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     Volume 4 Issue 51 | June 17, 2005 |

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Book Review

A walk on the weird side

The Lonely Planet Guide to Experimental Travel
Part philosophy, part travel guide to a new way of travelling and at times surreal, this user-friendly, tongue-in-cheek book includes practical experiments to follow, both while travelling and when at home. It doubles as a manual for the intrepid traveller and a mirthful read for the armchair adventurer.

What is experimental travel?
Experimental travel is a new way of thinking about travel, pioneered by Joel Henry, founder of the Laboratory of Experimental Tourism (Latourex) in Strasbourg. Applying seemingly random constraints to out travel plans, experimental travel introduces a new kind of prescriptiveness. It may involve forced exploration of the suburbs of a city rather than the classic tourist sights, it may involve travelling without going anywhere- whatever the 'experiment', you can guarantee that it will turn the standard concept of ravel on its head and give the traveller a unique and unusual experience.

What does it all mean?
*Travel is not just about the places we visit; it is also about the way we interact with those places and the people who inhibit them.
*Journeys can be emotional as well as physical.
*Experience is as much about perception as reality.
*Putting constraints on a journey can sometimes lead to a different kind of freedom, the freedom from predictable problems and concerns.
*Doing something backwards, sideways or upside down can give you a new and interesting perspective on a standard activity- think about going from A-Z instead of A to B.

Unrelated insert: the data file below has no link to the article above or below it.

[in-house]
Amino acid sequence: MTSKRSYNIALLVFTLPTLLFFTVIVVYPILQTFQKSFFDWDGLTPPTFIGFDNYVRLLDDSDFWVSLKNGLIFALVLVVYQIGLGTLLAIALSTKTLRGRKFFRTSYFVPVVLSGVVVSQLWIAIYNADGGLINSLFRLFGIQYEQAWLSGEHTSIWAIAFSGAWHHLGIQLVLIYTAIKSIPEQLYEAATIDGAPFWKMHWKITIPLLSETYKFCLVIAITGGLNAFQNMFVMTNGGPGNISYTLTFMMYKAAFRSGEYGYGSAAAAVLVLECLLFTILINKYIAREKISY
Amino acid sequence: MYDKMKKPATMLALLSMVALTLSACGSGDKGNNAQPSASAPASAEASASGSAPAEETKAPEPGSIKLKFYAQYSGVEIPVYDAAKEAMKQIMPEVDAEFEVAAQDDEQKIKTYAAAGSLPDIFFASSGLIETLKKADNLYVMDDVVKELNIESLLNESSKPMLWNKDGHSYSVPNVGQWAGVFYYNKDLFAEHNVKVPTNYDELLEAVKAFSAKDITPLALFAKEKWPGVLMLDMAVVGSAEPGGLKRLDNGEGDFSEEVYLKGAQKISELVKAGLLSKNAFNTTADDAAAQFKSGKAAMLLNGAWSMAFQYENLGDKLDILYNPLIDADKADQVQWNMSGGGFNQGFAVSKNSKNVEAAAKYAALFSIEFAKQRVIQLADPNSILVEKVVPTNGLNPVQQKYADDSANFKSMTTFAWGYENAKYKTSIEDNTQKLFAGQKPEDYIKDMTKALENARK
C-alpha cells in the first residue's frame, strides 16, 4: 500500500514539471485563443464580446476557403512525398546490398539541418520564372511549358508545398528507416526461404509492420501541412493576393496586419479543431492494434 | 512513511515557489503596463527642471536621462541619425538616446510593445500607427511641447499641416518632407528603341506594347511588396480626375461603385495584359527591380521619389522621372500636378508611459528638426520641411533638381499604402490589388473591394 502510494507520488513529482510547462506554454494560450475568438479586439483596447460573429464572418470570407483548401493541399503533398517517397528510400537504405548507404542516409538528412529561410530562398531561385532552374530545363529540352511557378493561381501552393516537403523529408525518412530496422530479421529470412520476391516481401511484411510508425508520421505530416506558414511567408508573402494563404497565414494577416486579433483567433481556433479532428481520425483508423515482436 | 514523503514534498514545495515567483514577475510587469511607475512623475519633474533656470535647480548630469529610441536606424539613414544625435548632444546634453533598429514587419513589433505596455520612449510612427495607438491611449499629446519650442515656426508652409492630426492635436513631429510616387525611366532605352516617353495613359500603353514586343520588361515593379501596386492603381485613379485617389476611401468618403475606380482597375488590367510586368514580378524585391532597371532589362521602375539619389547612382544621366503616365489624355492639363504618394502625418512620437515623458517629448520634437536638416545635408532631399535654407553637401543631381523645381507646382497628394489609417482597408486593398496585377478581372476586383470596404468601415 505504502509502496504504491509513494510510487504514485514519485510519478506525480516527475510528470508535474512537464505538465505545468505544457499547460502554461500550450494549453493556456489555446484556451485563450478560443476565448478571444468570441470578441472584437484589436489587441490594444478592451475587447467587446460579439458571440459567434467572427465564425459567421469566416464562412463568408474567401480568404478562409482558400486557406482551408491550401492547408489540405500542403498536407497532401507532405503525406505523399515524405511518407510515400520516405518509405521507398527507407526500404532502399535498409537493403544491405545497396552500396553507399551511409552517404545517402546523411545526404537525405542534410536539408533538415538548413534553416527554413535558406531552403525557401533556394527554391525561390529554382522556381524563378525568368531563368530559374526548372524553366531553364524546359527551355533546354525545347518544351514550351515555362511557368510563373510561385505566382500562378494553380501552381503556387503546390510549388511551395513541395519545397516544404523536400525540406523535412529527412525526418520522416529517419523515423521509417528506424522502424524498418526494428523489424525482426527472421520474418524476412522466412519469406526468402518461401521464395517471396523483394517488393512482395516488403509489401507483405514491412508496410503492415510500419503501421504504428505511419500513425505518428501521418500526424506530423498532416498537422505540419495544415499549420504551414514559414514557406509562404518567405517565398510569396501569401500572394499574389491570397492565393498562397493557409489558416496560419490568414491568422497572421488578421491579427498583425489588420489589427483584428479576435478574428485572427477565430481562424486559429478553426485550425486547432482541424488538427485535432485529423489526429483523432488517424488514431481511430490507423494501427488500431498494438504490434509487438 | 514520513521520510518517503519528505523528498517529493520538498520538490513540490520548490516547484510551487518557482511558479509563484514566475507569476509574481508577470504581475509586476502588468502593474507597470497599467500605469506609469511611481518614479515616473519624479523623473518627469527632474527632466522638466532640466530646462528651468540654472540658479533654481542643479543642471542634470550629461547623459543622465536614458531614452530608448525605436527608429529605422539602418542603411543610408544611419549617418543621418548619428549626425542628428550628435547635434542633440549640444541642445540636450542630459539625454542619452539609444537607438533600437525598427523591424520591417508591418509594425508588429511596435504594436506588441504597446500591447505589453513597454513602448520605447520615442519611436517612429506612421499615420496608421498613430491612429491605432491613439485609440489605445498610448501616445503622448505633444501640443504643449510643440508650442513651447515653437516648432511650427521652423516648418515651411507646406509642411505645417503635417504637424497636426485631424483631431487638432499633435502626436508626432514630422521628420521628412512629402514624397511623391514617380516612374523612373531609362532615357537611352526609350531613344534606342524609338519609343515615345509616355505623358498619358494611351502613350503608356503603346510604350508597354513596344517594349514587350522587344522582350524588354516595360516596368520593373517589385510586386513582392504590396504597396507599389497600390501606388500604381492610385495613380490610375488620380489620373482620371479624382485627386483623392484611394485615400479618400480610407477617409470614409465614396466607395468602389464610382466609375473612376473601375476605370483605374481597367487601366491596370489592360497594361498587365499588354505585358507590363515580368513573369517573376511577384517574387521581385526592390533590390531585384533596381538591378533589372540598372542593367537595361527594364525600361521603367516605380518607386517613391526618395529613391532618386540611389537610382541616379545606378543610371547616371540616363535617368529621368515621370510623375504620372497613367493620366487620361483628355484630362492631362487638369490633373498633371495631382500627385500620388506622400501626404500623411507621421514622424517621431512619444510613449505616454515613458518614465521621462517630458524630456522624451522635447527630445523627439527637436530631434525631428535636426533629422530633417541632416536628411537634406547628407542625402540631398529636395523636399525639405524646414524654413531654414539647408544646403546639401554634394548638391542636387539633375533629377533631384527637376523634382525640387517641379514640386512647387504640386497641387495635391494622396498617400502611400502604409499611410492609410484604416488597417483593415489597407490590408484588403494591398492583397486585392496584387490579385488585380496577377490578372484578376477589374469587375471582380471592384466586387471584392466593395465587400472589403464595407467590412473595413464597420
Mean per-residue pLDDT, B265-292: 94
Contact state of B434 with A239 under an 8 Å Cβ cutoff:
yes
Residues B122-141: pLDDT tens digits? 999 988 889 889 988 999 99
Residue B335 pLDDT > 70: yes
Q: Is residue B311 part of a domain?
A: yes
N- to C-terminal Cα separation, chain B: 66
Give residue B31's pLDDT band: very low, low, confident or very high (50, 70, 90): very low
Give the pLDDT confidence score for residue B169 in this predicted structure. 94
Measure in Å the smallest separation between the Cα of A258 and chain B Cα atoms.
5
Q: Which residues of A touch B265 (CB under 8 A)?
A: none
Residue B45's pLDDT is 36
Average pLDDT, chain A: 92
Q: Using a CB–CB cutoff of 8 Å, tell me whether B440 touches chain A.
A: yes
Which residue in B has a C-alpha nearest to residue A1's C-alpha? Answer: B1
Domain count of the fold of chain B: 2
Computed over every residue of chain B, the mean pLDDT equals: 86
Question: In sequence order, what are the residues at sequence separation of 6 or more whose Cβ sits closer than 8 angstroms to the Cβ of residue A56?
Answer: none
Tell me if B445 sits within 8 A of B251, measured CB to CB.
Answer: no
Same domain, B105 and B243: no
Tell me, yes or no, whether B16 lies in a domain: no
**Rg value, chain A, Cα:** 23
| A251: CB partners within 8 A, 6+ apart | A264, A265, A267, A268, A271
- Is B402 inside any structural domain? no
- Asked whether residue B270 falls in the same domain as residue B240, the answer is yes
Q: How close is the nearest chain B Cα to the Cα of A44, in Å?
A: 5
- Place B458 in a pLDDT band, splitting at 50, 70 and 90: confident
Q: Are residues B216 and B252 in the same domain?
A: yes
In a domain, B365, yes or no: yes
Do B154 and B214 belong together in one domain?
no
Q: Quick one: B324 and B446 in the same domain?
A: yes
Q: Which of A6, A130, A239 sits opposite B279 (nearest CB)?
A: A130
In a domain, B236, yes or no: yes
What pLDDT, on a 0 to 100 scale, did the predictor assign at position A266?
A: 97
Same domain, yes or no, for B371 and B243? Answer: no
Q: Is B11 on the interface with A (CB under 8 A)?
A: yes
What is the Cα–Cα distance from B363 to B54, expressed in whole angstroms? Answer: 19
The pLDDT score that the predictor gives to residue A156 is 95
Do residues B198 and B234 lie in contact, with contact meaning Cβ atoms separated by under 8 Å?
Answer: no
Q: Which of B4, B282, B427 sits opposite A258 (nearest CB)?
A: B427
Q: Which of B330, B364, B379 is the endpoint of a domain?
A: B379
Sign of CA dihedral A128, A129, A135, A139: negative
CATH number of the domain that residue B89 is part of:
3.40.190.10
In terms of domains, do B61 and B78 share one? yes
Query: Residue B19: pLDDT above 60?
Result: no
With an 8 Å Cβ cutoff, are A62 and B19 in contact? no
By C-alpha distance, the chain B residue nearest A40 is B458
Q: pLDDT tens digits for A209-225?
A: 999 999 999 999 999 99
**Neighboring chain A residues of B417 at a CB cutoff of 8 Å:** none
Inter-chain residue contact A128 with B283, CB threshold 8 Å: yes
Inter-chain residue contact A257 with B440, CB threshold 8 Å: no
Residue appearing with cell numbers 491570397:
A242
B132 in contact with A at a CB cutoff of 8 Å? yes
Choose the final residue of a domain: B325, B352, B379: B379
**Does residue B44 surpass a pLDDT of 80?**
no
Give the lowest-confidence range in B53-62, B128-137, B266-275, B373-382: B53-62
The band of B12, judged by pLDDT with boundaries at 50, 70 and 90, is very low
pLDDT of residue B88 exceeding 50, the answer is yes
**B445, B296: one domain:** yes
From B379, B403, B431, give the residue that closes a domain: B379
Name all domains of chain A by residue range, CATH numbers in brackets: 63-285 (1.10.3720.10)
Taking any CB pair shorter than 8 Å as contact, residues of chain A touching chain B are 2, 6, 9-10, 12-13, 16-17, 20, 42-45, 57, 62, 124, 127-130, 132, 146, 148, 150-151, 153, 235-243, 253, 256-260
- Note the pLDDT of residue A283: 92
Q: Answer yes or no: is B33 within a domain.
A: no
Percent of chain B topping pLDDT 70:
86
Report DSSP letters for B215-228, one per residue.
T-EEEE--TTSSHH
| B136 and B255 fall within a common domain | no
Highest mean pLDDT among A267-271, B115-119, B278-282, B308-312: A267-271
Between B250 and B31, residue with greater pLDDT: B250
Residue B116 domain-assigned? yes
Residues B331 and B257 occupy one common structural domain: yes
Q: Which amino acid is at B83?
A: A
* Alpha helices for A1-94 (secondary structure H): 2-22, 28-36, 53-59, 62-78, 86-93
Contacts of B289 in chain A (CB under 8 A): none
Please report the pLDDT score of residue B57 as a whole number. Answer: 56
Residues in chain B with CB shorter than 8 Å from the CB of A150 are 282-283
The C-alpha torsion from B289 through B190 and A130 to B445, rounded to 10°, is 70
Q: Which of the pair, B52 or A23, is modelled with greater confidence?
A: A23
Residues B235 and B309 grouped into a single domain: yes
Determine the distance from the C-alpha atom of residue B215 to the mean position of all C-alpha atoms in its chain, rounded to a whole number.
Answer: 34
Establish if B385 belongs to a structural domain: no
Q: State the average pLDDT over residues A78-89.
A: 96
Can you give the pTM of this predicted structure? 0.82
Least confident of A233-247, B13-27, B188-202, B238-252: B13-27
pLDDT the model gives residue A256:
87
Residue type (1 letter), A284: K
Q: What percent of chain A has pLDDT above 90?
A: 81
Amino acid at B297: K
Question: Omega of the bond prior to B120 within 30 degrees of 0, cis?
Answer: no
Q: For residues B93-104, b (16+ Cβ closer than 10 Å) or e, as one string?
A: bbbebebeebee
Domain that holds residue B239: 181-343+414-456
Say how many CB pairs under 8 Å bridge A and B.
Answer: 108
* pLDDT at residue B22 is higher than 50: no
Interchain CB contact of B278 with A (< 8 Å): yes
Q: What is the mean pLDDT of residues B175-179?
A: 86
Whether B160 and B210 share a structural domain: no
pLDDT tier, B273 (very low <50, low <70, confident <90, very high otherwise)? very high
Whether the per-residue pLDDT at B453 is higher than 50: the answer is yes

About the book
The book is designed like a manual, with a tongue-in-cheek, scientific approach. Each experiment has a hypothesis, i.e. what you should achieve by doing the experiment, and method, i.e. how you do the experiment, followed by an experiment traveller's actual experience. Introductory notes give each experiment some context- some experiments have roots in other schools of tough such as philosophy, literature etc, others may be based on games such as Monopoly or sardines.

What experiments are in the book?
Includes 60 practical do-it-yourself experiments:
*Airport Travel- spend 24 hours in an airport without flying anywhere. Use the facilities, watch the travellers, and get friendly (but not too friendly) with the planes.
*Budget Travel- not enough time? Not enough money? Go there anyway and experience travel when you're really on a budget.
*Expedition to K2- open your street directory at a random page, locate the grid reference "K2", and go there. It could be a swamp, a sewer, or a large mountain. It doesn't matter- you have to go there anyway.
*Monopoly Travel- armed with a local version of the board game Monopoly, explore the city at the whim of the dice roll. Will it turn into a shopping spree, or a tour of the local utilities, or will you end up in jail?

Source: Lonelyplanet

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